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A Study of Self Concept Related to Adjustment and Achievement

A Synopsis
of the dissertation submitted to the Faculty of Education and Psychology, M.S. University of Baroda,
in partial fulfilment of the requirements for a

Master's degree in Psychology

Under the guidance of

Dr. R.K. Parlikar
Department of Psychology
M.S. University of Baroda

March 1972


Self concept, an ignored and neglected area in psychology and education for long, has now been recognised to play a vital role in personality development. It has been established by contemporary researches that the way an individual perceives himself goes to shape his behaviour patterns.

According to Combs and Snygg (1949) and Rogers (1951), people behave in a manner which is consistent with the way they view themselves. Festinger (1962) says the ways we react to people, tasks, ... etc. are those which seem to us most consistent with our self image.

To illustrate the influence of self concept on performance, Lowry (1961) narrates a story of The mouse and Henry Carson, in which he describes how a mouse ran into the office of the Educational Testing Service and accidentally triggered a delicate point in the apparatus just as the College Entrance Examination Board's data on one Henry Carson was being scored. Henry was an average high-school student who was unsure of himself and his abilities. Had it not been for the mouse, Henry's scores would have been average or less, but the mouse changed all that, for the scores which emerged from the computer were amazingly high. When the scores reached Henry's school, the word of his giftedness spread like wild fire. Teachers began to re-evaluate their gross underestimation of this fine lad, counsellors felt guilty of having neglected such talent, and even College Admissions Officers began to recruit Henry for their institutions.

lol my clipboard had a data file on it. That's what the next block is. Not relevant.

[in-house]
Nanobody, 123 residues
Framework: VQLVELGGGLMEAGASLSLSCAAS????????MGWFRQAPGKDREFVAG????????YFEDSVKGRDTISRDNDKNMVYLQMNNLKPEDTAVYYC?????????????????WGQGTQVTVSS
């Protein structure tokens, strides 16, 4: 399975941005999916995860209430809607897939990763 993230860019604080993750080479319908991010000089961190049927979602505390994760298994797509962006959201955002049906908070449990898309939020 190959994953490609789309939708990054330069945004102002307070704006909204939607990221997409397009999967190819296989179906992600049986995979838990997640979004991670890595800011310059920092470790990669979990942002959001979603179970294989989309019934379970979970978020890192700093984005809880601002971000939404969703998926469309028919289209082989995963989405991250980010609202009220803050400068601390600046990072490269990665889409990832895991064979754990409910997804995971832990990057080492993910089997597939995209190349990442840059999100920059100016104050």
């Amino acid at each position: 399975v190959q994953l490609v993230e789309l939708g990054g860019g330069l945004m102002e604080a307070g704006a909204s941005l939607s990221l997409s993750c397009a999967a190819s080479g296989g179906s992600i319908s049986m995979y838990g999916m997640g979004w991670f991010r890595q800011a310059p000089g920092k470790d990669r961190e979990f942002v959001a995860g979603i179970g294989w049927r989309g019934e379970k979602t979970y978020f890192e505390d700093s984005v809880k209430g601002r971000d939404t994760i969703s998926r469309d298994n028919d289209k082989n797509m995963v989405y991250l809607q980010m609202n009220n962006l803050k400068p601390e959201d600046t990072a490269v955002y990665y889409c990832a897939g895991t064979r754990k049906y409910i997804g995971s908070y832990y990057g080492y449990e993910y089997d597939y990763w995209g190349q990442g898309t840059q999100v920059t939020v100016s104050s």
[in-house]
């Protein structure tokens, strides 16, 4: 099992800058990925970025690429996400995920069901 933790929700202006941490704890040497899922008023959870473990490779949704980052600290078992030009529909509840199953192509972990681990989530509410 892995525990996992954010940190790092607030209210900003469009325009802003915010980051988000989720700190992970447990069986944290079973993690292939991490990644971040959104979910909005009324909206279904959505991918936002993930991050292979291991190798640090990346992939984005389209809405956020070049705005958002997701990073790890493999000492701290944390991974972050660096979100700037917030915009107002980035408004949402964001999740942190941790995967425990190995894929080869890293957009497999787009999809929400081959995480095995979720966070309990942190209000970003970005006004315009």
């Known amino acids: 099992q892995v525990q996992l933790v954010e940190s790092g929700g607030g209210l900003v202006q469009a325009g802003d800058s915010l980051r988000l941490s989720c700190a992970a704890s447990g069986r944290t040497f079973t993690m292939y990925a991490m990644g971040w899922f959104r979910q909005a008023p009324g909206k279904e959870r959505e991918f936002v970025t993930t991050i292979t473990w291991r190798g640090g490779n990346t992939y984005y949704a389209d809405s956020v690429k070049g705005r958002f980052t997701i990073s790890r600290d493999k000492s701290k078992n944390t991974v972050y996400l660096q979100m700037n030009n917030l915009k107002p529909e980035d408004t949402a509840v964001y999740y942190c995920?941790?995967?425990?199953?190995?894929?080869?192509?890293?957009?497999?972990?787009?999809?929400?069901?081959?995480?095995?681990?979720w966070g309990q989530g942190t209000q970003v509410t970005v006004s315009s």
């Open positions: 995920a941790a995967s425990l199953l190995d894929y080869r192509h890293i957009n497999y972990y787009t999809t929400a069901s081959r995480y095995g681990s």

Once Henry became aware of his potentialities and began to be treated differently by the significant people in his life, a form of self-fulfilling prophecy took place. Henry gained in confidence and began "to put his mind in the way of great things". Henry became one of the best men of his generation.

Self concept has been defined by several authors. William James(1890) holds it to be all that a person is tempted to call by the name me or mine. Murphy (1947) defines it as the individual as known to the individual. According to Symonds (1951), it is the way or manner in which the individual reacts to himself. He spells out four aspects of self: i. how a person perceives himself; ii. what he thinks of himself; iii. how he values himself; and iv. how he attempts through various actions to enhance or defend himself.